Kristian Gibson hopes to kickstart promising football career in New Zealand
It was 1:30am when Kristian Gibson's phone rang.
It was late but he was still awake, and though the accent sounded familiar, the voice at the other end was one he did not recognise.
"It's Ryan Stewart," the man said. He was a football player from Nelson, New Zealand, and was wondering if Gibson would like to join his winter league team, Nelson Suburbs.
Like Gibson, Stewart hailed from Northern Ireland, so there was an immediate connection.
For the 21-year-old who has represented and captained his country at three different age group levels, Stewart's late night phone call could not have come at a more perfect time.
After four years in the academy system of Scottish giants Rangers, his football career was at a cross road. He was studying at university but did not want to be there.
"It was bizarre," he said of the phone call. "I knew I was going to come over straight away because I was waiting for something like that to get me away again.
"I said to him 'give me two days to chat to my family' and as soon I said to my mum and my dad they said to me 'you're going.'"
Gibson arrived in Nelson a fortnight ago to begin preseason training ahead of the Mainland Premier League and already he's aiming to put his hand up for Tasman United selection.
But he knows it will be hard work.
Gibson has been on the brink of professional football, signing a three-year development contract with Rangers.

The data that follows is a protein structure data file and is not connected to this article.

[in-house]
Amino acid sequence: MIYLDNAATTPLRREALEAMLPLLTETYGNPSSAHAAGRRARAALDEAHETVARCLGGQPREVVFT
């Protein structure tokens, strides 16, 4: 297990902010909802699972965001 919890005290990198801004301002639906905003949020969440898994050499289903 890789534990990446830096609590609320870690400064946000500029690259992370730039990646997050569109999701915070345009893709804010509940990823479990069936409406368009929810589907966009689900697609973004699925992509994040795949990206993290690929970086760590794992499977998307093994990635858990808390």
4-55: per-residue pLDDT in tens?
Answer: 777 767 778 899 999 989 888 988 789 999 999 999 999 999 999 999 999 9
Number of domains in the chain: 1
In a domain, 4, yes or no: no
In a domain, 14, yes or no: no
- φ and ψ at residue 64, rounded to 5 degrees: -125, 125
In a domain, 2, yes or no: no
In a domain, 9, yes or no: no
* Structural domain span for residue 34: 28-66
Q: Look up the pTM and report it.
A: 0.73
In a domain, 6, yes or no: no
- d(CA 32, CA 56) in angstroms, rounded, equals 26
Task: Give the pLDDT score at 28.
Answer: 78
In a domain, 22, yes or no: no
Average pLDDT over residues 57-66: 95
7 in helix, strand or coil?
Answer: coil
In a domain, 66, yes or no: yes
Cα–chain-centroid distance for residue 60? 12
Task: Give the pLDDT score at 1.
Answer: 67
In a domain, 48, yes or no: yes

Though he hails from a small village in Northern Ireland called Donemana, Gibson said he had always been a Rangers supporter. So a chance to be part of their academy in Glasgow was a dream come true for an aspiring football player.
He said he would frequently attend games at Ibrox Stadium and it was watching the Old Firm derby games against Celtic that made him hungrier than ever to achieve his goal.
"You can't even explain it. You have to be there. It's just electric. Everyone is standing. It's just madness," he said.
"It's like in between intimidating and exciting."
Gibson may have never pushed on to the first team but he was still able to experience the fierce rivalry with Celtic in the youth ranks.
He recalls one under-16 final, which his team won on penalties, where 10,000 spectators, including supporters groups of both clubs, were in attendance.
"It's madness, isn't it?
"It's quite scary at the start, especially for the new boys. But you get used to it and just play within the lines of the pitch."
Gibson earned a one-year extension but saw the writing was on the wall after that, and he was released at the end of the season.
"At that stage you sort of know you're not going to make it. You knew the guys who would stand a chance because at this stage they were looking more at strikers or midfield players, where I was playing right-back, left-back and centre-back.
"I went into the office one day and said 'what's going to happen next year?' because I needed to sort out what's going to happen for me. One manager said he'd keep me on, but the other said they'd have to let me go because they would just be paying me to stay more or less and they didn't have much money at that stage, when they went bust."
Gibson spent a season with Glentoran in the Northern Ireland Football League Premiership following his spell with Gers, and even experienced Europa League action, but he was beginning to wonder what the next chapter would be. That was until Stewart called.
Now in Nelson preparing for Suburbs' season opener away to defending champions Cashmere Technical on Saturday, Gibson said he plans to take football as far as he can in New Zealand and seems motivated to make the most of a fresh start.
"I know I'm good enough it's just finding somebody else that knows as well that I'm going to be valuable to their team.
"I didn't just come to enjoy myself. I've come for the football and I'm hoping to give it a good crack this year."